JOURNAL ARTICLE

Different role of the colonic pouch for low anterior resection and coloanal anastomosis

F Tonelli, A Garcea, G Batignani
Techniques in Coloproctology 2005, 9 (1): 15-20
15868493

BACKGROUND: Functional outcome after sphincter-saving operations can be improved by colonic pouch compared to the straight procedure. However, it is not clear whether the colonic pouch has a different behavior in patients treated by low anterior resection with colorectal (LAR) or coloanal anastomosis (CAA).

METHODS: We evaluated the 1-year results of 75 patients who underwent a sphincter-saving operation for rectal carcinoma or villous tumor of the middle or lower third of the rectum: 18 patients underwent coloanal anastomosis (CAA), in 13 patients we performed a coloanal anastomosis with a colonic pouch (PCAA), 20 patients had low anterior resection (LAR) and 24 had LAR with pouch construction (PLAR). The two groups of patients were similar in terms of age and gender. Anorectal function was assessed 12 months after the initial operation by an interview and anorectal manometry.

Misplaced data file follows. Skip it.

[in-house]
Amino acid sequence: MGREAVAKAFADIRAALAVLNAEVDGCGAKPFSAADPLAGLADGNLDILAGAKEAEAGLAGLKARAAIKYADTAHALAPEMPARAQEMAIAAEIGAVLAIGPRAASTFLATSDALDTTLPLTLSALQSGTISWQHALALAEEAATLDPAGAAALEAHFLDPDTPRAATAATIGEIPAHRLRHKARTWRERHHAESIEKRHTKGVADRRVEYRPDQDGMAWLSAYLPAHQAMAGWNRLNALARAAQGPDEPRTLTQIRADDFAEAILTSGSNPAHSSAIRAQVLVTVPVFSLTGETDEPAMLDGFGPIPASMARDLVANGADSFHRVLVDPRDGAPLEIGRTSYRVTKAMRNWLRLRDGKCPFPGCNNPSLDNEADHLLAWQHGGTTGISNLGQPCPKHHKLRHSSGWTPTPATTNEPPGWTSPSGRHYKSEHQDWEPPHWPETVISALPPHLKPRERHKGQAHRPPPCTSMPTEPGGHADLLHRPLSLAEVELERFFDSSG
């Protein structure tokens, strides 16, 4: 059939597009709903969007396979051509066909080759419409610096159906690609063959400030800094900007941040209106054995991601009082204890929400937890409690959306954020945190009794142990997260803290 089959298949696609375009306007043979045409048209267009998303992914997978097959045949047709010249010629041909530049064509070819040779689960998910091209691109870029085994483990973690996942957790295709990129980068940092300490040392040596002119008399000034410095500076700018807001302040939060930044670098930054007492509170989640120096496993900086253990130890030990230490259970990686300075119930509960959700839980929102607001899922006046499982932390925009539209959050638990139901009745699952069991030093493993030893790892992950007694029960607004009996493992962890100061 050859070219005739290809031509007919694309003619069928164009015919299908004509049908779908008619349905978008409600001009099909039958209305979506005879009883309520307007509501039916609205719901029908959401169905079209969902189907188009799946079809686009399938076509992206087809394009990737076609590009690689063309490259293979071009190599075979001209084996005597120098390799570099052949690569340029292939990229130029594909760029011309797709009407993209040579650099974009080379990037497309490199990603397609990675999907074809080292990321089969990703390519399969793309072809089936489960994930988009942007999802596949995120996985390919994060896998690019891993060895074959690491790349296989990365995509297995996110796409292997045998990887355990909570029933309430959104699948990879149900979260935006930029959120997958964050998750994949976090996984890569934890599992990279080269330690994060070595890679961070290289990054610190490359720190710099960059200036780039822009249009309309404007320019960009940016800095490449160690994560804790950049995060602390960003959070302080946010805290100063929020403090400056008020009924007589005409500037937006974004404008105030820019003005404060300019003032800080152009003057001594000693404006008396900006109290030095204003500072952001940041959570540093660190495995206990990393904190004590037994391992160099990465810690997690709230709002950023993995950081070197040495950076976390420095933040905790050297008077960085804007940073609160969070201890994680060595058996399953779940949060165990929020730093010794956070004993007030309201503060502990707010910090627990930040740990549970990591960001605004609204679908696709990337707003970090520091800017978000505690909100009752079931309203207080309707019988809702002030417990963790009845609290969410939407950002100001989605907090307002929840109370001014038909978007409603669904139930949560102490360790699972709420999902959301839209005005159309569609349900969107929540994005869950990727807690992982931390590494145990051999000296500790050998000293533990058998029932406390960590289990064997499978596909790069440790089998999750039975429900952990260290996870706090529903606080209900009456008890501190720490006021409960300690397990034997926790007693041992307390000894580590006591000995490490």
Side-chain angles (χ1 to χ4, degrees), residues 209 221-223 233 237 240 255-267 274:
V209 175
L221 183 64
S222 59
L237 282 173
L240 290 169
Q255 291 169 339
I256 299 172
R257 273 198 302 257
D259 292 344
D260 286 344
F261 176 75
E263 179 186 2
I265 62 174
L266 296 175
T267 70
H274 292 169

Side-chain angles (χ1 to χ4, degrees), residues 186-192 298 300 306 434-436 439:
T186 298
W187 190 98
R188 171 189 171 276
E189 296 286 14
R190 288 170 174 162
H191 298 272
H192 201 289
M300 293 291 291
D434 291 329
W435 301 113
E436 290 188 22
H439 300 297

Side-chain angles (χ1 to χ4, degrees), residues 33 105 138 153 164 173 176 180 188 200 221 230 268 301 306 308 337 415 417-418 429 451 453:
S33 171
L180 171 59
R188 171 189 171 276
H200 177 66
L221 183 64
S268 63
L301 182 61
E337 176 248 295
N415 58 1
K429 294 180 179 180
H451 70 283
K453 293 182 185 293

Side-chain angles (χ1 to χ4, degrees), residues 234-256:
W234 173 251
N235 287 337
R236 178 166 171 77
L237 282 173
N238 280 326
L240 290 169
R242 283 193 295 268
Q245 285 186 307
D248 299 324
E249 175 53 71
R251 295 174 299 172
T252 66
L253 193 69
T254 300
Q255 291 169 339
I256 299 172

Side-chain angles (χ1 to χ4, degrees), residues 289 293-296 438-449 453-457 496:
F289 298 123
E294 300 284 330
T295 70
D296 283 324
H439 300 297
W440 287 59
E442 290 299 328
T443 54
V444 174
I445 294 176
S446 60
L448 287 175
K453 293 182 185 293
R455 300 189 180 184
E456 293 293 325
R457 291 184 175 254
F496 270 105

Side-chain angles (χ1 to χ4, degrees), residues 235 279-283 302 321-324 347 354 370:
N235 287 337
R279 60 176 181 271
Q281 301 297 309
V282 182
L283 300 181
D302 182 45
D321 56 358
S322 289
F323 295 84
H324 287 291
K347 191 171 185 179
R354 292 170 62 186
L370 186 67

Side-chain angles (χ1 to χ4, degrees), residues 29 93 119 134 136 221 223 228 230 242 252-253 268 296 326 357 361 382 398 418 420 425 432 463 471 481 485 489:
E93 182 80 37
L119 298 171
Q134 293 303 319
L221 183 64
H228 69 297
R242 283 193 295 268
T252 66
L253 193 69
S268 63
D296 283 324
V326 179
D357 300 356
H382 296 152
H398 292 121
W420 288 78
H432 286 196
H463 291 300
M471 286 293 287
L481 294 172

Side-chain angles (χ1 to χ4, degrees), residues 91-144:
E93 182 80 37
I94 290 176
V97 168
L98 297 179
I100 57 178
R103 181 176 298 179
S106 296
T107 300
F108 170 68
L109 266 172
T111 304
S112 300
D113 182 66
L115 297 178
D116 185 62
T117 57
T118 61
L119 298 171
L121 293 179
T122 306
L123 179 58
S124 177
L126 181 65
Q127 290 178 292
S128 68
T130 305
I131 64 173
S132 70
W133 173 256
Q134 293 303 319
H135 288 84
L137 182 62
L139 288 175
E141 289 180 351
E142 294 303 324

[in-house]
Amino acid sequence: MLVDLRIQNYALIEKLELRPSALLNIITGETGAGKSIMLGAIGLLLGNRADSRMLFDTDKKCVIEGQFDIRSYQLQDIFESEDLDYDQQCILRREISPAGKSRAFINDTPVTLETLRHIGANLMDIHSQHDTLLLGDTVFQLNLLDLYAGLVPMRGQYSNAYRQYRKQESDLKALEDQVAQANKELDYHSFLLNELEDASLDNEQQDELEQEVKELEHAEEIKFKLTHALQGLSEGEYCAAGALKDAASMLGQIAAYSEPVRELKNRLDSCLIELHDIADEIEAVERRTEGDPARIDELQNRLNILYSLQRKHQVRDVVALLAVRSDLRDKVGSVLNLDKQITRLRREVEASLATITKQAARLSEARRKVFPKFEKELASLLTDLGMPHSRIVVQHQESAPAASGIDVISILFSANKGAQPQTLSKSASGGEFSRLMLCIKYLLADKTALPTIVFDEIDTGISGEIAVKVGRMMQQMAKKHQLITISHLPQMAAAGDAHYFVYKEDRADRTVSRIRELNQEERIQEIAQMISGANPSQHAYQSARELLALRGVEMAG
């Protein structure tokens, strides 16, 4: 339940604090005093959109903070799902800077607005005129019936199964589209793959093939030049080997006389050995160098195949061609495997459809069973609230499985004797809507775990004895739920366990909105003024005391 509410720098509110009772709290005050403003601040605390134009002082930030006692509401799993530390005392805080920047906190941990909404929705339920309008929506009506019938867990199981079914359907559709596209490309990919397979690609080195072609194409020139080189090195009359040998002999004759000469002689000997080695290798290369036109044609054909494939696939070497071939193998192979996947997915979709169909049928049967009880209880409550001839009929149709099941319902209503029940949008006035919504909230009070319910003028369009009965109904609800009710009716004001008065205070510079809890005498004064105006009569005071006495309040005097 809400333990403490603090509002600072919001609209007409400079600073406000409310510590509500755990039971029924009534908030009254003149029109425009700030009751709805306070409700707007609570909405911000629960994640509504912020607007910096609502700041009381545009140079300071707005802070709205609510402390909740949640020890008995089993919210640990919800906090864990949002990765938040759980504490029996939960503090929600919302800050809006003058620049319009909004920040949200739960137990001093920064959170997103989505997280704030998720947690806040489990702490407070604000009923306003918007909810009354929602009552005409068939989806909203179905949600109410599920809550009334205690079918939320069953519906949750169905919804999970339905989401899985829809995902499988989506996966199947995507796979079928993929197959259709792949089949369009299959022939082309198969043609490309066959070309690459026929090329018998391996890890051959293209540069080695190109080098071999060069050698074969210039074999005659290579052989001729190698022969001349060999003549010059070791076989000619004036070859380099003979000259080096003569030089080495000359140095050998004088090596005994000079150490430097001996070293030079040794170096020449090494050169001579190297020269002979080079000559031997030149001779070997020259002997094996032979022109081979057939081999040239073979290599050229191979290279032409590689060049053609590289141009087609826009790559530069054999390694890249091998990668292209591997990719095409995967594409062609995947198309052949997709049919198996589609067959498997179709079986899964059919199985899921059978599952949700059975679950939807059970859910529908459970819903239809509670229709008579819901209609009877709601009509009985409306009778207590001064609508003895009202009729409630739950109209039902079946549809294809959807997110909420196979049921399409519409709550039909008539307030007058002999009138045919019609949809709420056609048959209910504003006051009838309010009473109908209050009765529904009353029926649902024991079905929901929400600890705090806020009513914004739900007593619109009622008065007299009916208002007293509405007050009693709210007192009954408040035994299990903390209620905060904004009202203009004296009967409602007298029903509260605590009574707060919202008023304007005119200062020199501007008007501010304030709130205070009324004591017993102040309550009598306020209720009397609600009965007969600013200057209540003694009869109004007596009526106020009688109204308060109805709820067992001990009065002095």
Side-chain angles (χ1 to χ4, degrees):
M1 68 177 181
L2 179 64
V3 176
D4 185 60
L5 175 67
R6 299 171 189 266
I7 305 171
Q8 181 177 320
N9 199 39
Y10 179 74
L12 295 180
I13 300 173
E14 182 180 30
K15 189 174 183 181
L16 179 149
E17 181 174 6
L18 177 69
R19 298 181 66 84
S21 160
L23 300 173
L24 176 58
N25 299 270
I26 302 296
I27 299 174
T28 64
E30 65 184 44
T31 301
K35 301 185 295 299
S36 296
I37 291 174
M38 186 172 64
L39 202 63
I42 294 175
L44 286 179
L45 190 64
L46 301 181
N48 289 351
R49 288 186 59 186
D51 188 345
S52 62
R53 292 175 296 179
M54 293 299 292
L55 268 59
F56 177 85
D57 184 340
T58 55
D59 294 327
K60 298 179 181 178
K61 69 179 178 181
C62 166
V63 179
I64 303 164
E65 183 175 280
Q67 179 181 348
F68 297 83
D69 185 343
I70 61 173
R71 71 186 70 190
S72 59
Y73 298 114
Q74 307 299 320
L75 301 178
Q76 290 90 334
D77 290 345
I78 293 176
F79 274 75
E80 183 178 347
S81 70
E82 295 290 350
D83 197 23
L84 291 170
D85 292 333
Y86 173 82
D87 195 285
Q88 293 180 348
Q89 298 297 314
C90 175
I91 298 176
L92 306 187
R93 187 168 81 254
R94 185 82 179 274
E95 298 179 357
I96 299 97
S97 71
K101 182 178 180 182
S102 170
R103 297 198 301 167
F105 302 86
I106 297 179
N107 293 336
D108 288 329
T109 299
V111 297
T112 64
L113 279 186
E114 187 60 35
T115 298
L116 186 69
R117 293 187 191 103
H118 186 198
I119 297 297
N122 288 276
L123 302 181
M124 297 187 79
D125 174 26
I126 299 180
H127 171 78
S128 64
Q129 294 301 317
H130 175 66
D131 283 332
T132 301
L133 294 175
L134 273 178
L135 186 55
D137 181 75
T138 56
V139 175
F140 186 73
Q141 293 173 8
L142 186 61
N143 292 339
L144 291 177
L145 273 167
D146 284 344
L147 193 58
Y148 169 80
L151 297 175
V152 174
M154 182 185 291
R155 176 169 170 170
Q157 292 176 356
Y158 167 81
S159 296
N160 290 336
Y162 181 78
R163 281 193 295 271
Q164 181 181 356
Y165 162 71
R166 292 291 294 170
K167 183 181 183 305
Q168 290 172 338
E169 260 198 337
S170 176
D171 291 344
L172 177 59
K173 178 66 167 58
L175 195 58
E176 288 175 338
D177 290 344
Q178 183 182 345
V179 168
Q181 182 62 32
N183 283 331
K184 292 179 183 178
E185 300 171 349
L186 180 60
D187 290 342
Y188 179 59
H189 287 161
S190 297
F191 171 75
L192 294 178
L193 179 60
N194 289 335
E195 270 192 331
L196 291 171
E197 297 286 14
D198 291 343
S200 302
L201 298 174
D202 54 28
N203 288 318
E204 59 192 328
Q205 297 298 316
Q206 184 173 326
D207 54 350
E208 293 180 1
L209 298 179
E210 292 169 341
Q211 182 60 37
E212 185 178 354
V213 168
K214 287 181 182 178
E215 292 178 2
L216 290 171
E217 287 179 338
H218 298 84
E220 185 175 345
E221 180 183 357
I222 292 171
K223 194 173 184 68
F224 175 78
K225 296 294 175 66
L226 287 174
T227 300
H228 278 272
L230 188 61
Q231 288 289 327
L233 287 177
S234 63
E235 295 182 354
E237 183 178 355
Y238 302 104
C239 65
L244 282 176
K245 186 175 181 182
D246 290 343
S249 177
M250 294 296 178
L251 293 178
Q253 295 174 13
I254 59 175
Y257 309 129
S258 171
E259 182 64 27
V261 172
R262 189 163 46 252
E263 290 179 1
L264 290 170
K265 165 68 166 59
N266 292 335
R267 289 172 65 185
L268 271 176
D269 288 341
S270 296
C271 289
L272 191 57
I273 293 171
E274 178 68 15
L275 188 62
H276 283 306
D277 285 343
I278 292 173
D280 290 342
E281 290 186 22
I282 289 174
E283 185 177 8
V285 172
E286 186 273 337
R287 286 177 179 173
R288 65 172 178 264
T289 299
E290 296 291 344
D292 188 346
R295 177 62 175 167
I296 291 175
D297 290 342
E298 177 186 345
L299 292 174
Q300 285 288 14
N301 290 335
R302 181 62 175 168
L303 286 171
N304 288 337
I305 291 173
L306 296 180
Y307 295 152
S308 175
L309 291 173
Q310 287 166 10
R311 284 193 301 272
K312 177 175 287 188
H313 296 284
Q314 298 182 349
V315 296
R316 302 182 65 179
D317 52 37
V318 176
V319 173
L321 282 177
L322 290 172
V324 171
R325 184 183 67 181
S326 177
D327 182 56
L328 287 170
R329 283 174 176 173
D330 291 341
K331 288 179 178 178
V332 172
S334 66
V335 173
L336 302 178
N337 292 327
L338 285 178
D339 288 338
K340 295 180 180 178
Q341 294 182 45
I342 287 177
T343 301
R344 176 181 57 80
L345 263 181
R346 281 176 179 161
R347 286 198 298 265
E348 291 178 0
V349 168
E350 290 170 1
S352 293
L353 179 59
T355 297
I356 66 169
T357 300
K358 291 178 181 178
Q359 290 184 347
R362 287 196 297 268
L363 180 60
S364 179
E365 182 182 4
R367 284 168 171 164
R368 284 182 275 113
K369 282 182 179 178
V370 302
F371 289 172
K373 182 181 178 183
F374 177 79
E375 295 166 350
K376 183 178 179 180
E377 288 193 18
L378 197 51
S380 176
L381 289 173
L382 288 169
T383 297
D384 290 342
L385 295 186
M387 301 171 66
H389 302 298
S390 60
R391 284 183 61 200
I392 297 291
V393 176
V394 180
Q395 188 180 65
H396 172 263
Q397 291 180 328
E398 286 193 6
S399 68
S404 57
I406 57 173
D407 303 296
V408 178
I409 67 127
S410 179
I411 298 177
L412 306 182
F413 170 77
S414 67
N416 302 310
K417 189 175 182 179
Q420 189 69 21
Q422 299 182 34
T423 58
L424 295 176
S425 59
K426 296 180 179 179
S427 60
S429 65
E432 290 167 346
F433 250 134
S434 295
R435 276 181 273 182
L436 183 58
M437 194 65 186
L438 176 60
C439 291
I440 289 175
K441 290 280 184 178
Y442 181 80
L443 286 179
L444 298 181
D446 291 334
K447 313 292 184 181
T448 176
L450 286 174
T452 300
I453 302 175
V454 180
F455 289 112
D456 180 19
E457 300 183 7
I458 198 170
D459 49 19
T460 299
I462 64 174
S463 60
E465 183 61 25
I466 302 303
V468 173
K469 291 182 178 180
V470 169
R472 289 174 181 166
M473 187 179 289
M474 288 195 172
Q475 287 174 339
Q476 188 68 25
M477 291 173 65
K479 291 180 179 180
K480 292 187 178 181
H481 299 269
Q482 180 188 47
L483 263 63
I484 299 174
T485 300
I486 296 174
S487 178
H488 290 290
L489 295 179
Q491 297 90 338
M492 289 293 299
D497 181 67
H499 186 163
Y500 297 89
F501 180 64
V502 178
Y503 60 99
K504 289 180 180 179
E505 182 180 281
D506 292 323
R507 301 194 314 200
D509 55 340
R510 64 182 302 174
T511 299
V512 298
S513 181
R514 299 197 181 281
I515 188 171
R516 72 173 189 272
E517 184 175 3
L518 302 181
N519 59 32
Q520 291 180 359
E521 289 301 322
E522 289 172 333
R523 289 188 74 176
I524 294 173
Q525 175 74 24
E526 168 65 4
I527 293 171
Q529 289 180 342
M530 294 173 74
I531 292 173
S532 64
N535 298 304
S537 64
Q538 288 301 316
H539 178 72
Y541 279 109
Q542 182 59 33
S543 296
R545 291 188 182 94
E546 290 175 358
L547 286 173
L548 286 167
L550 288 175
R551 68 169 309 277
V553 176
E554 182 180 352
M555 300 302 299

RESULTS: One year after surgery, the daily mean number of defecations was significantly higher in the LAR group than in the other groups (2.0+/-1.5 in CAA group, 2.2+/-1.0 in PCAA, 2.3+/-1.8 in PLAR, 4.1+/-0.7 in LAR; p<0.05). Frequent soiling was observed in all the groups except PLAR. A lower degree of incontinence and a lower frequency of urgency were found in PCAA than in CAA. There were no differences in anal resting pressure and squeeze pressure among the various groups. Greater distensibility and compliance of the neorectum were observed in CAA, PCAA and PLAR compared to LAR, respectively 8.5+/-7.0 ml air/mmHg for CAA, 8.7+/-5.0 ml air/mmHg for PCAA, 6.3+/-4.0 ml air/mmHg for PLAR and 3.1+/-2.7 ml air/mmHg for LAR. A significant inverse linear correlation was present between the mean daily number of defecations and compliance. No difference in sense of incomplete evacuation was observed among the groups of patients.

CONCLUSIONS: Colonic J-pouch provides an advantage over straight anastomosis in sphincter-saving operations by reducing the daily number of defecations, and the frequencies of fecal soiling and urgency. The role of the pouch seems to be different in LAR compared to CAA. In fact, in LAR the pouch increases compliance and consequently decreases the daily number of defecations. In CAA, the pouch does not reduce the number of defecations or the compliance, but reduces the frequency of fecal soiling and urgency.

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